Hello Alejandro and HTF cohorts, Yes, I did get to go to the show (my internet was down a few days, hence the late post). I stood in the Standby line for over two hours but it paid off, as I received a ticket at 7:59 p.m., one minute before showtime. Here’s my rundown of what I remember from the evening (warning: Heiress spoilers forthcoming- I’m assuming everyone has seen the film): Ms. de Havilland spoke for about a half-hour, then the film was shown. Although I ended up in a seat three rows from the back of the packed house, it hardly mattered, as the legendary star still possesses phenomenal enunciation and a rich, deep voice (I could hear every utterance). She also had grace, class, humor, elegance, and the audience in the palm of her hand. The star spent the majority of the conversation discussing specifics involving the filming of The Heiress, although early in the conversation she talked about James Cagney, and how working with him helped her hone her acting skills. She mentioned Cagney would often add a little extra to his scenes, in order to make them more memorable by placing his "mark" on the scenes; for instance, he would say “Goodbye,” walk out a door, then pop his head back in the room for a second to ‘punctuate’ the scene, even though this action was unscripted. Also, she once asked Cagney about acting, and he told Olivia he wasn’t sure exactly how he did it, but he made sure he always meant "it" (everything he did and said onscreen). Ms. de Havilland had kind words for Mitchell Leisen, her director of Hold Back the Dawn and To Each His Own, then she talked about the making of The Heiress. Olivia recollected that in late 1948, shortly after scoring a great critical and box-office success with The Snake Pit, she ran into director Lewis Milestone at a party, and he suggested she get on a train, go to New York, and see the play The Heiress, as the show could provide her with a worthy screen followup to Pit; she then good-humoredly stated, “so I got on a train, I went to New York, and I saw the play.” She stated she loved Wendy Hiller's performance, but it was stylized and appropriate for the theater, while Olivia felt she possessed the experience and skills to create the role of Catherine Sloper on film. Ms. de Havilland then claimed she lobbied to get William Wyler to direct the film as, even though she hadn’t worked with him previously, she felt Wyler was the director who could fully bring the story to life onscreen. She also discussed how, as per her contract, she was allowed to pick the costume designer for the movie, and chose Edith Head, with whom Olivia had a warm working relationship, and it was mentioned Ms. Head went on to win an Oscar for the film (oddly, or modestly, enough, I don’t believe Ms. de Havilland ever spoke of her own Academy Awards or nominations during the discussion). Concerning the actual filming, Ms. de Havilland told us how hard she worked with Wyler, specifically mentioning the famous scene wherein Catherine, suitcases in hand, climbs the long staircase the morning after Morris Townsend deserts her. Stating Wyler rehearsed her extensively, making her climb the stairs again and again, Olivia claimed he also weighed down the suitcases (she suspected he used bricks) to ensure Catherine would look appropriately worn out as she moved up the stairs, thereby offering the crowd an interesting “behind the scenes” look at Wyler’s technique. She stated they (she and Wyler) had a little trouble early on in the shooting with Montgomery Clift, as Ms. de Havilland felt the actor, while portraying Morris Townsend, was not focusing his attentions on her as Catherine during their scenes together, and instead was constantly looking for input from his acting coach, who was sitting on the sidelines. However, after Wyler asserted himself as the master of the set by working in close collaboration with his stars, Clift fell in line to give one of the best performances of his career as Catherine’s charismatic-yet-ultimately-heartbreaking suitor. In conclusion, the living legend stated she missed the Los Angeles premiere of The Heiress in 1949 because she had just given birth to her son; however, as she rocked her newborn child in his cradle, through a picture window she could see the searchlights for the premiere in the distance. The interviewer then offered Ms. de Havilland a portrait of the premiere, wherein those same searchlights were prominently featured, then the star, waving to the crowd, left the stage in the same manner in which she’d been greeted, with a standing ovation. Shortly thereafter the houselights dimmed, and the main titles appeared onscreen. It was great to see the movie with an audience of 700-800 fans, and the print looked very good overall. The movie definitely transfixed the crowd, and I never realized how much humor the film contains, especially in its first half. Gasps were heard as the drama intensified and lines like “you embroider neatly” started popping up, and when Catherine snipped her scissors for the last time in the final reel. I’ve always thought Clift and Wyler worked to add some shadings in bringing Morris Townsend to life, making one unsure of his true motives, and of his guilt or innocence in betraying Catherine; I guess I’m in the minority, as it was clear the audience certainly thought Morris turns out to be a real stinker. Ms. de Havilland, of course, is remarkable as Catherine, evolving from the sweet, awkward girl of the early scenes into a hard, bitter women (I think it’s her best dramatic work, period). Loud applause followed the film’s most famous line (“I can be very cruel- I have been taught by masters”) and cheers and bravos were heard throughout the theater shortly thereafter, as the final fadeout finds a rejected and bereft Townsend helplessly pounding on the front door, while a satisfied Catherine climbs the stairs once again, to face her future of loneliness. With a great appearance by Ms. De Havilland and a wonderful audience of appreciative fans to watch one of my favorite movies of all time with, the evening turned out to be the once-in-a-lifetime event I was hoping for. I know there were several professional photographers down front during the conversation with Ms. de Havilland, and I think the event might have been filmed, so hopefully something will show up on a DVD (the star also conversed at a tribute for her a few nights earlier, at the Samuel Goldwyn Theater). Thank you again for your original posts, Alejandro and Jonathan.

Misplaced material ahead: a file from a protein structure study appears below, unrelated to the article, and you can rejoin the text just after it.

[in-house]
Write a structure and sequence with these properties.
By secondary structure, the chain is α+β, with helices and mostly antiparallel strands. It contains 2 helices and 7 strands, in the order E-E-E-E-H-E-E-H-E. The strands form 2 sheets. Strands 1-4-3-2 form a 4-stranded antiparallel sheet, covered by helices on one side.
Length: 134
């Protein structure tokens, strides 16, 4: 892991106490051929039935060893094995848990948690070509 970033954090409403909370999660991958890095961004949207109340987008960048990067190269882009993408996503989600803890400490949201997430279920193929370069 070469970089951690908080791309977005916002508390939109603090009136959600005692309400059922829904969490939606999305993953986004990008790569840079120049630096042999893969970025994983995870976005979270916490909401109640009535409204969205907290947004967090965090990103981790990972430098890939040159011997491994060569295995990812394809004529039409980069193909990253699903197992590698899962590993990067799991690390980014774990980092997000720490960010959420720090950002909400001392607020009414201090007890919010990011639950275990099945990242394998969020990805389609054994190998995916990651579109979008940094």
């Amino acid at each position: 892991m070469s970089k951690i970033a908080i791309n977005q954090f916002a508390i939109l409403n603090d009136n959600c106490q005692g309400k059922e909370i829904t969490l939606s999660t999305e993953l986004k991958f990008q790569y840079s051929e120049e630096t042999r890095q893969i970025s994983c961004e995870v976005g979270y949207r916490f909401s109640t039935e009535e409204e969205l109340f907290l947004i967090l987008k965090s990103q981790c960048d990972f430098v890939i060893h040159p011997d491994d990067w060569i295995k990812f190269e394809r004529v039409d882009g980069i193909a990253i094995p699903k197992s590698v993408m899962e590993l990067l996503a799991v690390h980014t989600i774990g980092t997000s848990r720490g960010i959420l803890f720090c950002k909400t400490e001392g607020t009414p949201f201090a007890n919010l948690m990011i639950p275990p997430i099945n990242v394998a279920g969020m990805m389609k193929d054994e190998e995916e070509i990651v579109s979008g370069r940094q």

Shawn, Thanks for a great read on your experience about one of my favorite actresses. As a boy, I fell in love with her screen presence. Crawdaddy
Wow! Yes, Shawn, thanks a lot for sharing this awesome experience with us. You can't imagine how much I envy you, my friend! Did you notice if the film had been restored or did it look it needed a touch up? BTW, did this event appear in the news?
Wow. Thanks Shawn for sharing all that wonderful detail! What an experience... and to hear her talk in person. I'm in awe! Your wonderful essay has given the rest of us a sense of having experienced the moment... that's such a great gift and is the perfect example of the kind high-class posts so cherrished at this site. THANKS! If I could have this film in high-def along with To Each His Own I'd be *such* a happy HT camper...
Can I add my thanks Shawn? Wonderful; must have been quite an experience.
Alejandro, The print was clear and sharp, with only occasional specks appearing onscreen. I don't know if further restoration will take place for a DVD, but this one looked really good overall, certainly presentable enough for a DVD release. The main coverage I found of the event was through the link in Jonathan's post, which gave an overview of the tribute and listed a schedule for all the films that were shown during the week following the tribute. P.S.- I also found a nice LA Times interview with de Havilland: http://www.latimes.com/news/politics...lines-politics
Thank you so much, Shawn, for the detailed recollection of the evening. THE HEIRESS is one of the real greats, and it's one of the more neglected movies of the past 60 years, too, so nothing would give me greater pleasure to see it come into its own at some future (hopefully soon) date.